Is the Bloom off the Rose for Digital Marketing?

By on February 26th, 2013

Did I really write that headline? Yes, I did.

I don’t mean that the trend is moving away from digital marketing. We all know that isn’t true, but there may be a slowdown in growth  due to the difficulty in measuring ROI from these efforts. Clearly, companies know they need to be marketing via social, email, and mobile marketing. But there may have been an over-eagerness to invest in these channels that is now being pulled back somewhat.

According to Econsultancy in its Marketing Budgets 2013 Report, 71% of companies surveyed plan to increase their spending on digital channels overall, but the overall percentage of their budgets being spent on digital marketing is actually down — 35% of their marketing budgets, on average. This is a slight decrease from 36% last year. The majority (56%) reported spending less than 30% of their budgets on digital channels. At the same time, 20% of respondents plan to increase their traditional offline budgets in 2013. This is up from 16% last year.

This is not a seismic shift in budget planning, but it’s significant.

Then this morning, I saw another statistic that backs up this slowdown.  According to Online Media Daily, Software & Information Association surveyed 100 marketing executives from member and other companies in Q4 12 about their social media, mobile and email use. It found only a quarter are including mobile in marketing programs. This is down from 29% one year earlier.

This doesn’t mean that marketers are moving away from mobile and online marketing. But it does mean that perhaps an over-eagerness to invest in these channels is being replaced with a more measured look at how marketing dollars should be spent. Traditional marketing channels have stuck around for a long time for a reason. It’s because they work.
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    3 Responses to “Is the Bloom off the Rose for Digital Marketing?”

    1. Joe Manos Says:

      Heidi,

      I have data that suggests a counter view…

      Marketers are moving into big data and digital media according to the CMO Council report in December. These two major focus areas are supported with other data suggesting that 60% of marketers are looking for a service providers to help them with these shifts into new areas and they are firing companies (typically agencies) that aren’t providing the innovation factor necessary for success.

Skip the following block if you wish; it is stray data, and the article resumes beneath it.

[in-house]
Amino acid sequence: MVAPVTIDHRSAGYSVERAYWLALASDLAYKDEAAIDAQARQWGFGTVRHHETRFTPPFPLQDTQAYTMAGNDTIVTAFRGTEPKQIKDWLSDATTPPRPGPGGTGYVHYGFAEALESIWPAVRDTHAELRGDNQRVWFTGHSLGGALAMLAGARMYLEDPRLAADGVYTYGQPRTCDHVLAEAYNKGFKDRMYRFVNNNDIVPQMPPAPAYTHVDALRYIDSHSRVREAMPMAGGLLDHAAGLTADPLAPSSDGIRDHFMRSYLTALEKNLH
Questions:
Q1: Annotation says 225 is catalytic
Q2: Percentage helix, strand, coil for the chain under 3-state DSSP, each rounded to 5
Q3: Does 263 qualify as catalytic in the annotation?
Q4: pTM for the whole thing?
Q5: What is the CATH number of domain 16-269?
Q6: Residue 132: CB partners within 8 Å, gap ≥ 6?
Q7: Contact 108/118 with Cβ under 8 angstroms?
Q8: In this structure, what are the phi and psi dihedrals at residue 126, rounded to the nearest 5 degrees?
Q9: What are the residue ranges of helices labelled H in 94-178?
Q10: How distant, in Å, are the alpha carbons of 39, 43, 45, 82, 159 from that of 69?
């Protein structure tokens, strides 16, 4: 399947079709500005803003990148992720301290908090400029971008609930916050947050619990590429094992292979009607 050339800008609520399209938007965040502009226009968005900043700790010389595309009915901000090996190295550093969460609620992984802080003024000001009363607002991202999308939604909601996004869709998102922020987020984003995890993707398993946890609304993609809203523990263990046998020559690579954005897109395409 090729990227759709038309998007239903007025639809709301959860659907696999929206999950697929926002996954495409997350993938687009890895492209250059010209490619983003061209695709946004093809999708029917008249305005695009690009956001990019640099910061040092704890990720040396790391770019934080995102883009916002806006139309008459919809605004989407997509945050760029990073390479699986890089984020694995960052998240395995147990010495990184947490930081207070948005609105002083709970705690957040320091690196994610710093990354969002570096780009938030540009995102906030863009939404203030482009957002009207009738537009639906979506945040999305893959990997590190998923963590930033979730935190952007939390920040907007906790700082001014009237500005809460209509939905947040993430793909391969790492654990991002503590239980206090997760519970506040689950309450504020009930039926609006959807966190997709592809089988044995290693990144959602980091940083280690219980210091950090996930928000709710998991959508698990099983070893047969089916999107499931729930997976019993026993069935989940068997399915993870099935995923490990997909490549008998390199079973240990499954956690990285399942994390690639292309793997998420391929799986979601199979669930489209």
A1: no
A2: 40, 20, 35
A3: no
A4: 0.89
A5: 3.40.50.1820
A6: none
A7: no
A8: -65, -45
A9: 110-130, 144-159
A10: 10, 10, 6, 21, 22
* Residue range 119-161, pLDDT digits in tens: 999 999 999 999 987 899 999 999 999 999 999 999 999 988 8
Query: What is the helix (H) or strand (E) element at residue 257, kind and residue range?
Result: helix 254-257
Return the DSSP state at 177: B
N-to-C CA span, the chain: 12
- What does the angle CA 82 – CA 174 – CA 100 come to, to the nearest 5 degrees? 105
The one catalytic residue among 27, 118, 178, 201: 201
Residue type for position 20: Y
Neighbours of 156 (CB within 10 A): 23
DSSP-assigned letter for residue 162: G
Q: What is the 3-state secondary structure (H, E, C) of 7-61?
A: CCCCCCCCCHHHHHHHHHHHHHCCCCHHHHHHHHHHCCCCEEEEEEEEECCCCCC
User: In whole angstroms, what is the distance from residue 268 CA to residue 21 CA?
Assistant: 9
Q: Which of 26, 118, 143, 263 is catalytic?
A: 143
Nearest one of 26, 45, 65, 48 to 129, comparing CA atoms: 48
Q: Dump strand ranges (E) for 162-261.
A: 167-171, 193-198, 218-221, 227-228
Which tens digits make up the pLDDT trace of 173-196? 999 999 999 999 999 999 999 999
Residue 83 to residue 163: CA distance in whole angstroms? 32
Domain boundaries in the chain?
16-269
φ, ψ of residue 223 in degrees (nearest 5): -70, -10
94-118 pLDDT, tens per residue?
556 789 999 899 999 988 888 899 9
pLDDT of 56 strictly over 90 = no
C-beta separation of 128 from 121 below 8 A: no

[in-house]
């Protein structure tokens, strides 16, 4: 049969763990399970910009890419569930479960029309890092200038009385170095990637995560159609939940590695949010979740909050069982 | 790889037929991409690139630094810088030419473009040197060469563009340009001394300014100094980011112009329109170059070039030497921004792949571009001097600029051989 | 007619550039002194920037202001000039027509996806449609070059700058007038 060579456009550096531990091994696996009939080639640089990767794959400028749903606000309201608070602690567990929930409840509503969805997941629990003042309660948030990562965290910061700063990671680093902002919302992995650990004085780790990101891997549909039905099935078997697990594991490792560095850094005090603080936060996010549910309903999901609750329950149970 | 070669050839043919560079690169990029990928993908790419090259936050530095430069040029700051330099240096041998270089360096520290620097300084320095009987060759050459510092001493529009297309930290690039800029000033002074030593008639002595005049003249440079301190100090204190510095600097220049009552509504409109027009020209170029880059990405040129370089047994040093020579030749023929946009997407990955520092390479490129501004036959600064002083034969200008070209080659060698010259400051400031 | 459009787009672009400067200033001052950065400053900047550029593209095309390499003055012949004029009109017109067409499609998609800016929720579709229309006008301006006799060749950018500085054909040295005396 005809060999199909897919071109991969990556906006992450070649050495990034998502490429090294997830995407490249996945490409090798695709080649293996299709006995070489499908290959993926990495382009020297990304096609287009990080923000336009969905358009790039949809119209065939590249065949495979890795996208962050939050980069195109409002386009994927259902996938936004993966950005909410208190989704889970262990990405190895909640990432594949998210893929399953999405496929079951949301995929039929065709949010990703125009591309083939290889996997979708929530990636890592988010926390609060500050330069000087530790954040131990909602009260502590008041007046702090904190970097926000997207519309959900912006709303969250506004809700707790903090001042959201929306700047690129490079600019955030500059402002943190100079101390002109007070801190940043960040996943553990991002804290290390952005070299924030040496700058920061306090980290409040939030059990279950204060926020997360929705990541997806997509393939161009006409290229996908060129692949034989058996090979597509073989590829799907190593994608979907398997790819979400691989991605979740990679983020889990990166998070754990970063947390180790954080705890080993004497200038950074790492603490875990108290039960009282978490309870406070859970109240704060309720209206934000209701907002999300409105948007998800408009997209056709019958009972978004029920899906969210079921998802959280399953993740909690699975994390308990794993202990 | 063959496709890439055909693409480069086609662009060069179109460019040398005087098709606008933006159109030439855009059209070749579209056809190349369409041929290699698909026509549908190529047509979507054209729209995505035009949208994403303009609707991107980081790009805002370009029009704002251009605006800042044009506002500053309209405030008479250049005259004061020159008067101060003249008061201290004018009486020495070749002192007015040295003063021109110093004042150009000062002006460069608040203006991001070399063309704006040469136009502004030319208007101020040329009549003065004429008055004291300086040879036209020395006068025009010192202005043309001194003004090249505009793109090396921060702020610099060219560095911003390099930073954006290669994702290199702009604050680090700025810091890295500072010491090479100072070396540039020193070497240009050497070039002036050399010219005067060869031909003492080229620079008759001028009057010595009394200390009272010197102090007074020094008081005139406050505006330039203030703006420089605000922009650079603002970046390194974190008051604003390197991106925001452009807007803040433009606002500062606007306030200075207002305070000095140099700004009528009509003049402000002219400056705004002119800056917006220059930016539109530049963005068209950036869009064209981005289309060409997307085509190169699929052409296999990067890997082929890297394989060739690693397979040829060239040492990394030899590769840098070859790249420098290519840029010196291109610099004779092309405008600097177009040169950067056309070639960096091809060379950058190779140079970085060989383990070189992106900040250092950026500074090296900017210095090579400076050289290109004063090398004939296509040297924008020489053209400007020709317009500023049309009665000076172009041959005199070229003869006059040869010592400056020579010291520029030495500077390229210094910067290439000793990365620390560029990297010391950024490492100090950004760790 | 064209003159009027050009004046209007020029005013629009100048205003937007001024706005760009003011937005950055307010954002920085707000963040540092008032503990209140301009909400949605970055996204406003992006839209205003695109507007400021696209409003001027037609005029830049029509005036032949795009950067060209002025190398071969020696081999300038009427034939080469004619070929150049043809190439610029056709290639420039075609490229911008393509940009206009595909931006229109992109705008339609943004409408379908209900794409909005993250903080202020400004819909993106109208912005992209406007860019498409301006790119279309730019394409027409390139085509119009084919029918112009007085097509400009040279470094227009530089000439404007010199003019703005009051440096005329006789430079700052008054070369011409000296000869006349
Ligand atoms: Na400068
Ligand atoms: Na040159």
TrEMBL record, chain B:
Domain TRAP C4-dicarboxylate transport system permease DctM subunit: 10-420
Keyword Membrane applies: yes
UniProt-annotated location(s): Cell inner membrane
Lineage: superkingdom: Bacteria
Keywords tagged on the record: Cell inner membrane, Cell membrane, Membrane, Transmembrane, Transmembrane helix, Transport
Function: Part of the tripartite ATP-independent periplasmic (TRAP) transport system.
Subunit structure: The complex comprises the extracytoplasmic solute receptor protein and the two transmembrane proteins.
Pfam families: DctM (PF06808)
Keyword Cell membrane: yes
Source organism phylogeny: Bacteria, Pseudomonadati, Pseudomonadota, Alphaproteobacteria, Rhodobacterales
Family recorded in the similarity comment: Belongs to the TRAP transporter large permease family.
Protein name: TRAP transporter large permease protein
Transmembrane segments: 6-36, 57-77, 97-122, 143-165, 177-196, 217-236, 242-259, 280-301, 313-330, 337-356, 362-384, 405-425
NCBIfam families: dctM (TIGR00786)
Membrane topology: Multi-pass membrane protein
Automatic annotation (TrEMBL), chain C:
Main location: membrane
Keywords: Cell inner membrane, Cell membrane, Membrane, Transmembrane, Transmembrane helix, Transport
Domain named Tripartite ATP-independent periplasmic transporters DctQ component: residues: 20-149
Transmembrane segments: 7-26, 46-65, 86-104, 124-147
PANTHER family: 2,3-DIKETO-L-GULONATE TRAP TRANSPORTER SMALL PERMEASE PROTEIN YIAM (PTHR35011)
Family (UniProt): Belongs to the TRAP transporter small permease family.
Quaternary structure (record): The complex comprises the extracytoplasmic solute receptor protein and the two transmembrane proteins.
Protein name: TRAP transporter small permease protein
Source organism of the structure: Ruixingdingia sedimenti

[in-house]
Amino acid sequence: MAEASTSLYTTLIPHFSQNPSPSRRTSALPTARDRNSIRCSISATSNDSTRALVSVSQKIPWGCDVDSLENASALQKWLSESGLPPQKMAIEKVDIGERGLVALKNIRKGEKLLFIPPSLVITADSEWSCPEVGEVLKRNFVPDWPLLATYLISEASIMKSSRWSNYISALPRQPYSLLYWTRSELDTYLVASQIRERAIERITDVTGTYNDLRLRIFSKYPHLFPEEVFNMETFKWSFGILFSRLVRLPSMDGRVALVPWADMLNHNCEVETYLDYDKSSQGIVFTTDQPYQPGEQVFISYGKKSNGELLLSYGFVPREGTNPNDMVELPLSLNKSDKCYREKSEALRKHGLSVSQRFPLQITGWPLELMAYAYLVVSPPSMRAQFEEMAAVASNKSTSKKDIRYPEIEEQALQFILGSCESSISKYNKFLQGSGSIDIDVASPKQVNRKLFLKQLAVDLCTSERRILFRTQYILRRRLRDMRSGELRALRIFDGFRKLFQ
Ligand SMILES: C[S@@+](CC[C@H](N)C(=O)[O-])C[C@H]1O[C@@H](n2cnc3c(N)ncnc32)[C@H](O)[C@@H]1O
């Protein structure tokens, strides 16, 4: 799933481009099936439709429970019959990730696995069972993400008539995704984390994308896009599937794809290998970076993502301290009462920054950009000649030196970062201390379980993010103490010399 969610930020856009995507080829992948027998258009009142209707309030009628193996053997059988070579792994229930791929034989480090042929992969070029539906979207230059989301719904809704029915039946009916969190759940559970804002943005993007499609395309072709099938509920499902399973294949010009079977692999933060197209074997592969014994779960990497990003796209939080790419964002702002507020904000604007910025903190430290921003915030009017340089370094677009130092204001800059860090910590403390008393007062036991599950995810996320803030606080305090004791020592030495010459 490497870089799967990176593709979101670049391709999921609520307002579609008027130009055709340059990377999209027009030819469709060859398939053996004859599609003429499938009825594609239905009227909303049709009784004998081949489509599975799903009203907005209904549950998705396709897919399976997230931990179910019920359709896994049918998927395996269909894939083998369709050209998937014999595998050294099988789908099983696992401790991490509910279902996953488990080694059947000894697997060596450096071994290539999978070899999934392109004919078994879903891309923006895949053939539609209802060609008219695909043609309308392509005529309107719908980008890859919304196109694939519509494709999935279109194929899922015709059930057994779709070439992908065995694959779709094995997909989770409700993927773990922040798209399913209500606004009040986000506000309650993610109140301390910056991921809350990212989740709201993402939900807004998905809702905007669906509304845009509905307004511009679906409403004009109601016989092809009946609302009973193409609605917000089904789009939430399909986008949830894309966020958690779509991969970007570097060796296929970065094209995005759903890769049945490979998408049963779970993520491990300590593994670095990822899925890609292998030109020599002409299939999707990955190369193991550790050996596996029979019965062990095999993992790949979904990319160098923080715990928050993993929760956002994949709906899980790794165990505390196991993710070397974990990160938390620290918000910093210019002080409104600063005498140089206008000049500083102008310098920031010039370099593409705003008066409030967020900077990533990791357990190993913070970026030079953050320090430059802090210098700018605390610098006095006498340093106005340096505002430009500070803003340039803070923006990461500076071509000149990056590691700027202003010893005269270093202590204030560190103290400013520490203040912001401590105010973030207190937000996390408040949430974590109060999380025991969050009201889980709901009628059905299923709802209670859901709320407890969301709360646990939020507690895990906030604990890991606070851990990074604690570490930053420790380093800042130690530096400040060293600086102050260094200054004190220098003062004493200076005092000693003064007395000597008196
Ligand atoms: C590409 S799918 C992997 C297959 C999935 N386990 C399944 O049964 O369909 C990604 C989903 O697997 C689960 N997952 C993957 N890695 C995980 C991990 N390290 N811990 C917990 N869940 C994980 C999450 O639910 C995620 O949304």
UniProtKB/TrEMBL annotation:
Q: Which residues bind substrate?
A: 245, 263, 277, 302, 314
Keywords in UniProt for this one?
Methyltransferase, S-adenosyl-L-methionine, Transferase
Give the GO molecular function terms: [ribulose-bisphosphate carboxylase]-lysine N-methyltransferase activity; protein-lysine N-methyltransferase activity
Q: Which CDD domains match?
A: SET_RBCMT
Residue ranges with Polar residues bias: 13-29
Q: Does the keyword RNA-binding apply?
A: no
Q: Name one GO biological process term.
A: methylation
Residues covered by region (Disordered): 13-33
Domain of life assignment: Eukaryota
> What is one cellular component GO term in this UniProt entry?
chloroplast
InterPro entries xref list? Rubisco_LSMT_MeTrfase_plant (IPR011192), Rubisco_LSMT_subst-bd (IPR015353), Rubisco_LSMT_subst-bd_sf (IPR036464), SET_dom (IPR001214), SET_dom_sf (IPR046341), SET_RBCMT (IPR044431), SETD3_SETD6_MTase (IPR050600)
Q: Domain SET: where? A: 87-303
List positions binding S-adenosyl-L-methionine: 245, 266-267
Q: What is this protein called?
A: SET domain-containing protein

At the end of the day it’s all about three critical components for success – the right technology, the right process and comprehensive tracking and measurement to provide the marketer with the KPI’s, ROMI and sales ready leads they seek using digital channels.

      Oh yea, one more thing, the company approaching these marketers better have a comprehensive understanding of the marketing automation drivers for success and also be able to present them to the marketer in a manner that makes it clear they are a partner that can deliver the results the marketers seek.

      Our customer base that has these capabilities is growing their digital use cases and providing the marketer with the innovative approaches that provide them with the foundation for long-term success. I’m talking about programs with lead nurturing and scoring across multi-channels that are touching very large data bases.

      The study size of some of these reports is critical because if we are talking about a sample of 100-500 marketers then we are talking about a fraction of the total marketers using innovative channels for success in North America.

      We see no slow down in site for digital channels and a significant increase in 2013 and beyond. In fact I have several study data points that suggest significant growth through 2017.

    2. Heidi Tolliver-Walker Says:

      Hi, Joe.

      I’ve seen these data, too, but I don’t think they are mutually exclusive. First, what we are talking about is a slowdown in growth, not a decline. Second, the CMO data talks about growth in mult-channel marketing, and this data simply talks about the mix within those channels. So these data are complementary, not exclusionary.

    3. Charlie Gray Says:

      I have specialized in digital marketing strategy for the last 9 years and I found elements within Heidi’s and Joe’s comments both correct. Heidi’s comment about “over-eagerness to invest in these channels is being replaced with a more measured look at how marketing dollars should be spent” is to me a (good) trend that that I hope continues to grow, and is something that I am seeing as well. As a professional that managed web sites in over 60 countries, 40 languages, and over 10 million page views per month, I had to fight against the constant urge of marketers to want to do everything digital. The digital channel is simply one part of what should be an overall integrated marketing plan. And Joe’s comment about the continued growth of the digital marketing channel “Marketers are moving into big data and digital media according to the CMO Counsel report in December” to also be true; I have seen that the overall the digital space is growing. Growth in the digital space is not going to stop any time soon.

      The point is; if you are not including digital marketing as part of your companies overall marketing strategy, then you may be missing out on the next wave of innovation in marketing. You may find that your company can no compete; just as the auto industry took over from the horse and buggy.

      Another point that maybe a takeaway from Heidi’s and Joe’s comments is that companies are challenging the value of all the various digital marketing channels and that marketers are taking a more balanced approach to marketing spend that includes traditional channels and digital channels as well. At least that is my takeaway. So this leads me to ask, what should the print industry strategy be based on these industry trends?